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Things I've Found 54 (While France Burns...What Part of "Multi" and "Culture" Don't the Muslims Understand?—11/3/2005

by Mark Rose

Oh, I know this might piss people off but I don't care any more. First it was Salman Rushdie whose career was derailed on the altar of free speech, then Theo van Gogh who died for his art, and now France burns in the sixth day of riots because one religion can’t seem to get along with the rest. And yet we have Prince Charles lecturing us on how we need to be more sensitive. Sorry, Charlie. Being super-sensitive and nice isn’t working. And people die. If you believe in multiculturalism, you have to believe in and stand for your own culture too. We will see more of this in Europe and it’s not going to be pretty.


Two insane sporting facts that you need to know:

Overheard on espnradio.com’s Dan Patrick Show with the much-missed Keith Olbermann. Every year, Topps produces a large set of baseball cards that numbers well into the hundreds. There’s a man at Topps Co. whose job is to assign each player to a particular numbered card. This is his job. He is also a Yankees fan. For the last five years, he has assigned the card number 666 to the player who has done the most damage to the Yankees in the postseason. This year, it will be Francisco Rodriguez though Keith thought it should be Erwin Santana. Now you know.

The Arkansas State basketball head coach is named Dickey Nutt.

San Francisco done all in jello. And it’s beautiful! http://www.lizhickok.com/assets/portfolio/pages/01city.html. Check out the basic site: http://www.lizhickok.com/portfolio2.html


Weird Search Engine, Part 95: Alright, you know I always give you these weird new search engines. How about Woogle? Woogle searches through websites and finds images based on the text that you enter. It’s a little different from Google’s Image Search. One good way to find out the difference is to type "Frank Ryan" into the Google image search (he was the 1964 Cleveland Browns championship quarterback, in case you give a shit) and then do it in Woogle. Slightly different results, no? Here’s the Woogle address: http://www.gujian.net/woogle/index.php. Give it a shot. See what "miniature golf" produces. Or your own name.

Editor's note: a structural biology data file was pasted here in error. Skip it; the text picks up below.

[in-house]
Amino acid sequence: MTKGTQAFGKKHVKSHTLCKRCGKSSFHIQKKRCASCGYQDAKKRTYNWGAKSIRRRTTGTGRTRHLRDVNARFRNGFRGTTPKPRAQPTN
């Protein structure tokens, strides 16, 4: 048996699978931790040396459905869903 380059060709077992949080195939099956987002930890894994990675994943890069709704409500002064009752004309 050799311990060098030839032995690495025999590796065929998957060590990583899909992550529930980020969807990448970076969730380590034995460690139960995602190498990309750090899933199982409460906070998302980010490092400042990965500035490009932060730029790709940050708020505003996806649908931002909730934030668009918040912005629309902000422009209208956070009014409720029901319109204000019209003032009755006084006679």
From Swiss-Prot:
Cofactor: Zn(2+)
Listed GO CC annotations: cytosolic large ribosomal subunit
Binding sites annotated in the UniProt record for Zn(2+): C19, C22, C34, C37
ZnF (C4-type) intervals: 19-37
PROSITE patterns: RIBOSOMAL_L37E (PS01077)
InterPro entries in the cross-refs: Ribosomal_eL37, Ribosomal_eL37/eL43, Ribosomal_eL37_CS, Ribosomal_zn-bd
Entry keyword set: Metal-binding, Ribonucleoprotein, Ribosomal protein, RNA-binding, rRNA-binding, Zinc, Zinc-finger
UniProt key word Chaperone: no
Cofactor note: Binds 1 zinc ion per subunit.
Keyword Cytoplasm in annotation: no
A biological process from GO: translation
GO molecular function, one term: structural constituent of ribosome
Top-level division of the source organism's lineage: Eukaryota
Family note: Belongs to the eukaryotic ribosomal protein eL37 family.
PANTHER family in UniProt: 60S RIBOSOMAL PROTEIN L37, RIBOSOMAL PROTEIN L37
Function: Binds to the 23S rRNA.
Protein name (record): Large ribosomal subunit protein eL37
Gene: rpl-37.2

Al Roker takes on Wilma, and loses. http://gorillamask.net/rokerfalls.shtml. I love the TV host calling into question Mr. Roker’s intelligence.


I LOVED ElectraWoman and DynaGirl. But who didn’t? Maybe you were into Holly from the old Saturday morning TV show "Land of the Lost." She’s a hottie, trust me. This article takes a look at all your favorite "Saturday Morning Babes" and checks out where they’ve gone. http://www.yesbutnobutyes.com/archives/2005/10/where_are_they_14.html For those you who don’t remember, Yvonne Craig was Da Bomb. Absofreakinlutely.


Can you think of the top 40 magazine covers of all time? The American Society of Magazine Editors came up with theirs: http://nile.doceus.com/editorial/top40covers.htm. I think the order is a little skewed but some of the choices are just out and out nuts. Note how many rely solely on text effects to get their point across. Some are still stunning even after many years. #1, 2, 3, 6, 7, 8 and 10 are all great. Can you believe the dog being shot on the cover of National Lampoon is 32 years old? Classic image. #14, 16, 22 and 23 are pretty forgettable and don’t seem to rank up there with the rest (if you want a cover of Bush morphing into Alfred E. Neuman there are better examples than The Nation). I don’t get #27’s inclusion at all. Put any naked girl on the cover of Rolling Stone and you’ll have a top 20 cover. And #29 and all the #37's just look like any other cover ever printed. Yawn. Discuss.


In the spirit of the 40 best magazine covers, here’s Time Magazine’s list of the best 100 books of all time: http://www.time.com/time/2005/100books/the_complete_list.html. Note that Infinite Jest by David Foster Wallace is on the list. While it’s technically brilliant, it sucks as an actual real novel. Unless you want to call its experimental stance as a ground-breaking effort to break the novelistic mold. Which I don’t. Because if you really want to talk about ground-breaking novels that are truly great literature, you’re going to have to talk about Laurence Sterne’s Tristram Shandy or Cervantes’ Don Quixote, NEITHER of which make the list. Inexcusable. Some of the choices are to be expected like Philip Roth and George Orwell, some are well-chosen like Pynchon’s smooth The Crying of Lot 49 or Raymond Chandler and William Gaddis, some are just plain nuts like Jonathan Franzen for The Corrections or Margaret Mitchell for Gone with the Wind. Argument fuel for the literary-minded.